He playe some florrid drives, including a crashing four from Glen Sulzberger which followed the path of his six but he was also able to bat with deliberation and restraint.
McMillan's captain Gary Stead was with him and had participated in a 55-run stand for the third wicket before drinks.
Earlier, Michael Papps was out for one and Brad Doody was run out for 21.
Sinclair, who struggled for form on New Zealand's tour of Australia and who remained hesitant in a few domestic innings this season, struck form a day ahead of the announcement of the Black Caps team to cross the Tasman for the Tri-Nations one-day series.
He came to the crease in the third over when Central was 10-1 and he remained till the fourth ball of the 49th over when he was caught on the long-off boundary by Carl Anderson from Chris Cairns' bowling for 90.
Sinclair revived the Central innings, after the dismissal of Jamie How for 7 left them 22-2, with partnerships of 83 with Ben Smith for the third wicket and 95 with Richard King for the fifth. King reached his own half century from the last ball of the innings and was left 50 not out, another vital contribution to Central's cause.
But Central's 213 at slightly more than four runs per over seemed an insubstantial total on a ground which traditionally produces high-scoring one day matches and particularly in light of the return to the Canterbury side of one-day sluggers Craig McMillan and Chris Cairns.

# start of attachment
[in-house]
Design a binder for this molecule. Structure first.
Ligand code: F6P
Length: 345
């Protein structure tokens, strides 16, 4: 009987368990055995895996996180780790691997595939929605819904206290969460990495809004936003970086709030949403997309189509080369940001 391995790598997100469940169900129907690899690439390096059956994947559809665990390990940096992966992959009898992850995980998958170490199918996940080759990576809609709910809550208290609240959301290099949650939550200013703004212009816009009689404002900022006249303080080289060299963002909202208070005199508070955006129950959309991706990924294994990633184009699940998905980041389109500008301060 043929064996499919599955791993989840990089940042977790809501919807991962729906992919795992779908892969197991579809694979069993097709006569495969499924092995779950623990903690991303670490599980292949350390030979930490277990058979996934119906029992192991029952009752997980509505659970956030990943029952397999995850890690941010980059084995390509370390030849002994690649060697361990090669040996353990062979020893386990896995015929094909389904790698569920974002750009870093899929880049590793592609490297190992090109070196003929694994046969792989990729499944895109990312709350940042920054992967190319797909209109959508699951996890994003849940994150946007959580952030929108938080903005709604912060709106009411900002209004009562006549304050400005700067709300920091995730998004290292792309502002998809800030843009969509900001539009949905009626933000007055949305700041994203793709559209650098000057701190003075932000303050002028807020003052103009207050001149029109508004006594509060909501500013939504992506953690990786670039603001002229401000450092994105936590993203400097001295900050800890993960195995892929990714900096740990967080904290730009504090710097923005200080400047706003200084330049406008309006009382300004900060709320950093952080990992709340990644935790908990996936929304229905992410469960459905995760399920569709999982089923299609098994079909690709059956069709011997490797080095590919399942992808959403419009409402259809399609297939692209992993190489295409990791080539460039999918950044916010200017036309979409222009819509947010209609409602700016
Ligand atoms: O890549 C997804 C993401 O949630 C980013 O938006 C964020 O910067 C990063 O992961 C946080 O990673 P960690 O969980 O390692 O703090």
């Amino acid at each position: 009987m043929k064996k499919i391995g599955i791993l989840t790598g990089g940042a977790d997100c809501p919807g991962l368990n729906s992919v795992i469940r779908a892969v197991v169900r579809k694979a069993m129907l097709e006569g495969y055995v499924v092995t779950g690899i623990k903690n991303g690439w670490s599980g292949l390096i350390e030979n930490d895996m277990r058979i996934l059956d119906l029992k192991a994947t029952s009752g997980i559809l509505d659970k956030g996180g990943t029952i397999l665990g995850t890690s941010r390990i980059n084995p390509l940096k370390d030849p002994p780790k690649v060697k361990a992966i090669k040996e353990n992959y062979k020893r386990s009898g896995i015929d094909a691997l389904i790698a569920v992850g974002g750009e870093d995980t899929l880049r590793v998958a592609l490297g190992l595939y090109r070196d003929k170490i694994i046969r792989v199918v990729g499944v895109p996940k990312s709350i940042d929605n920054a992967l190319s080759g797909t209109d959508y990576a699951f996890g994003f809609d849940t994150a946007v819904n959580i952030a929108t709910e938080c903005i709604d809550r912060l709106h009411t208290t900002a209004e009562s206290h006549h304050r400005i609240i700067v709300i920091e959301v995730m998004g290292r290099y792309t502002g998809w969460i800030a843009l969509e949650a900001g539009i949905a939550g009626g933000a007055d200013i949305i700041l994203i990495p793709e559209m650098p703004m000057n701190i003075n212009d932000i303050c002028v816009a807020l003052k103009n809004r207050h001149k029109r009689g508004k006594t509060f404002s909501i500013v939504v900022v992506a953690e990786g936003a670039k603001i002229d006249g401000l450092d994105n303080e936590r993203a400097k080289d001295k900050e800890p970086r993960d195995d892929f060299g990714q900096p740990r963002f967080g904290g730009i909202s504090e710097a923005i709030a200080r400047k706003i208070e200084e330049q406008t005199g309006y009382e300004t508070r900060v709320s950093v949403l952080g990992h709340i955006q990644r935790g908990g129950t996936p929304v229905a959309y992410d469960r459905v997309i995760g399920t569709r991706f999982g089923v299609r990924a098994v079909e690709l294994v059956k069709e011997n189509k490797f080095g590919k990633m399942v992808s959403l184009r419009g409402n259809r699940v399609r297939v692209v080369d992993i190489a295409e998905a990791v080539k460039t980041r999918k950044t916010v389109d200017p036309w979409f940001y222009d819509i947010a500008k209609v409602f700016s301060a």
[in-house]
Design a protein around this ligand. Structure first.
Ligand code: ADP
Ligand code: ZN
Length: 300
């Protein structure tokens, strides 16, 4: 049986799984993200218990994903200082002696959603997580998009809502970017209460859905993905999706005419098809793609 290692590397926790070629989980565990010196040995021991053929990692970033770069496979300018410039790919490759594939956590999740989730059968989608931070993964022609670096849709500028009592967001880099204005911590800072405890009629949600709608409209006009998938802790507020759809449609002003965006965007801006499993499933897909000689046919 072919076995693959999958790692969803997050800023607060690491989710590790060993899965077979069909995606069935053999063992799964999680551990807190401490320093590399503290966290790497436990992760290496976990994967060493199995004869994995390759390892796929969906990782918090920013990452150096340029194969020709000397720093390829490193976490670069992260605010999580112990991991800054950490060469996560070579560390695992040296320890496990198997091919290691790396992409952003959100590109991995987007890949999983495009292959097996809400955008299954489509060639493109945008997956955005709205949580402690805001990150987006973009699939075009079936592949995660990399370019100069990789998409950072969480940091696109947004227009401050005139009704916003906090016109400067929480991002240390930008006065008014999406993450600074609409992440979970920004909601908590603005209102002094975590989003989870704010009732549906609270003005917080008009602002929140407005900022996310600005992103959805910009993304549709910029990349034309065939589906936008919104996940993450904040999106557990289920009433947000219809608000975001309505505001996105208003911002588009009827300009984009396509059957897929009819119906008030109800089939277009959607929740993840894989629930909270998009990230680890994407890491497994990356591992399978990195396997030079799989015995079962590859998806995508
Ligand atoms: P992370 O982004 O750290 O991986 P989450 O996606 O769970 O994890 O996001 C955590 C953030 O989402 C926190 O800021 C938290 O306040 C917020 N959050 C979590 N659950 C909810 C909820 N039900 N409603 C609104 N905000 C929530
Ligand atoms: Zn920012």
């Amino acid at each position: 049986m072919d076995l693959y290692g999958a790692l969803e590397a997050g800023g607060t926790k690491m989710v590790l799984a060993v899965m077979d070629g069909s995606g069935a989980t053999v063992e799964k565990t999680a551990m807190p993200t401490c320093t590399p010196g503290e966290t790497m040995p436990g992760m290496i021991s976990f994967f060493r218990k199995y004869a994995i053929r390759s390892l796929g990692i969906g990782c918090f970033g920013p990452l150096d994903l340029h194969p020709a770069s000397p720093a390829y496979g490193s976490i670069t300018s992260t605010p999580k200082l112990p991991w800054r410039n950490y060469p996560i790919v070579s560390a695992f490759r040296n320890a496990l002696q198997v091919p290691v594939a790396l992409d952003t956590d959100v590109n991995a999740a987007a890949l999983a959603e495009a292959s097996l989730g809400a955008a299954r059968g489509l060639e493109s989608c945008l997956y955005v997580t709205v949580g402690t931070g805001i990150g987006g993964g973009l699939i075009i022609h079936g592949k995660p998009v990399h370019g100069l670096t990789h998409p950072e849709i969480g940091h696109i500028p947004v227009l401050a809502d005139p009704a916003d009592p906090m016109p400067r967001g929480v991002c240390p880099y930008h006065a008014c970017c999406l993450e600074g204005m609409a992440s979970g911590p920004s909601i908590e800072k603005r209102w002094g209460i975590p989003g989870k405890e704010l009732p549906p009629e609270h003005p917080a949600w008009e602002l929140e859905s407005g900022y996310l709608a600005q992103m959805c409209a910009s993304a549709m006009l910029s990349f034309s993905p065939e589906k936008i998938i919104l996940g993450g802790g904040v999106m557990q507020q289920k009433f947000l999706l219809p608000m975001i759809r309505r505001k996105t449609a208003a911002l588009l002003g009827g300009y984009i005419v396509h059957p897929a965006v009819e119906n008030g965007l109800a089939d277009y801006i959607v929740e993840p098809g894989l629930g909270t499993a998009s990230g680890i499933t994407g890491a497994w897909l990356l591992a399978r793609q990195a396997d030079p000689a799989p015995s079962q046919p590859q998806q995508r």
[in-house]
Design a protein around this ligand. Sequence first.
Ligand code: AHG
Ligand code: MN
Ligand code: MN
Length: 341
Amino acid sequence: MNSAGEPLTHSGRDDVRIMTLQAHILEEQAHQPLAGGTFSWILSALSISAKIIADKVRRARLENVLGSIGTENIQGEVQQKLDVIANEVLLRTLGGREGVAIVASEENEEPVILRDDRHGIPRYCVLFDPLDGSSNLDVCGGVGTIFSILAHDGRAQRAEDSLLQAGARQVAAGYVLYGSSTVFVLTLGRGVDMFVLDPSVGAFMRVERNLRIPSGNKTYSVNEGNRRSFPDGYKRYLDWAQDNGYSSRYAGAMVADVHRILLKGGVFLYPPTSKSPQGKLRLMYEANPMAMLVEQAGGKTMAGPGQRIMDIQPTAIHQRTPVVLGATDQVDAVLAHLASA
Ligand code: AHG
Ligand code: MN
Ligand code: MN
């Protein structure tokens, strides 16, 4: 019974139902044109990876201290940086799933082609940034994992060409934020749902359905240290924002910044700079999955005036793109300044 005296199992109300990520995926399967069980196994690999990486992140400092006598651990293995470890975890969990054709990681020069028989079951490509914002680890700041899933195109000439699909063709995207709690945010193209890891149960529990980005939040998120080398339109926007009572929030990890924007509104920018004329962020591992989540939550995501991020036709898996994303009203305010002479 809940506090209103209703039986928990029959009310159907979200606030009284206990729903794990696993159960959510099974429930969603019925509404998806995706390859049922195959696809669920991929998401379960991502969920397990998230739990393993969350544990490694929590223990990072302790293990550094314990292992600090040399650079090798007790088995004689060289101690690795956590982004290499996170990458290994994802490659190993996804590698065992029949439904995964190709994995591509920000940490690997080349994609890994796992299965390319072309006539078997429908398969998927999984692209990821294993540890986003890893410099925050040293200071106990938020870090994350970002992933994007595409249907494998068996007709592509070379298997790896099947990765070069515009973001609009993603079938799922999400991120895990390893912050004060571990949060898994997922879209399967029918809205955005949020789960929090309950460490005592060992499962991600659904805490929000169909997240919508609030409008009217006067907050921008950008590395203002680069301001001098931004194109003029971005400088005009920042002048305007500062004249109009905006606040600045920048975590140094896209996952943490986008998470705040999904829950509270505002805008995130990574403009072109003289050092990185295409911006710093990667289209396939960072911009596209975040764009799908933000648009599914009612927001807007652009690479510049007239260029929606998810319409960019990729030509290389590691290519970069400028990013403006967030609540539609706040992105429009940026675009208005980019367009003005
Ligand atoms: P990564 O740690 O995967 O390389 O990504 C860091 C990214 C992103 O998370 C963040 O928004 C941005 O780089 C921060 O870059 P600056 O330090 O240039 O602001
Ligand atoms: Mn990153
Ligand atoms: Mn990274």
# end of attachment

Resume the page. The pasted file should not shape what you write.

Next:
Chris Harris and Anderson limited Central's scoring through the middle of the innings when they each bowled 10 overs consecutively. Harris conceded only 33 runs and took the wicket of Glen Sulzberger, stumped by Gareth Hopkins without scoring, while Anderson dismissed the dangerous Smith for 48 and had 1-42.
International pacemen Shane Bond, Chris Martin and Chris Cairns had mixed results. Martin discharged his 10 overs for 36 runs but claimed no wickets. Bond removed Kelly in the third o vedr and How in the 7th but saw his figures damaged when Sinclair and King took 14 runs from his penultimate over. He finished with 2-51 while Cairs had 1-48 and was too often short of an effective length.
Sinclair's 90 came from 117 balls - not a rapid rate by the standards of Pukekura Park where the short boundaries often lead to extraordinary scoring feats. He hit eight boundaires while King's 50 included five fours from 83 balls. There were only 22 fours in the Central innings, an unusually low percentage on this ground.
Sinclair was 70 and Central were 153-4 when players stopped for the second drinks break of the innings after 41 overs. He had provided the soul of the innings, coming to the wicket when Central was 10-1 after the loss of opener David Kelly, losing Jamie How only 12 runs later, then forming partnerships of 83 for the third wicket with Ben Smith and 43 with Richard King before drinks.
But neither Sinclair's nor Central's scoring rate was as rapid as a genial batting strip should have allowed. Sinclair reached his half century from 81 balls with only four boundaries and Central was scoring at fewer than four runs per over with only nine overs remaining.
Smith helped Central revive their innings after the loss of Kelly and How to the bowling of Shane Bond. He seemed headed for his own half century when he was caught and bowled by Carl Anderson in the 27th over when he was 48.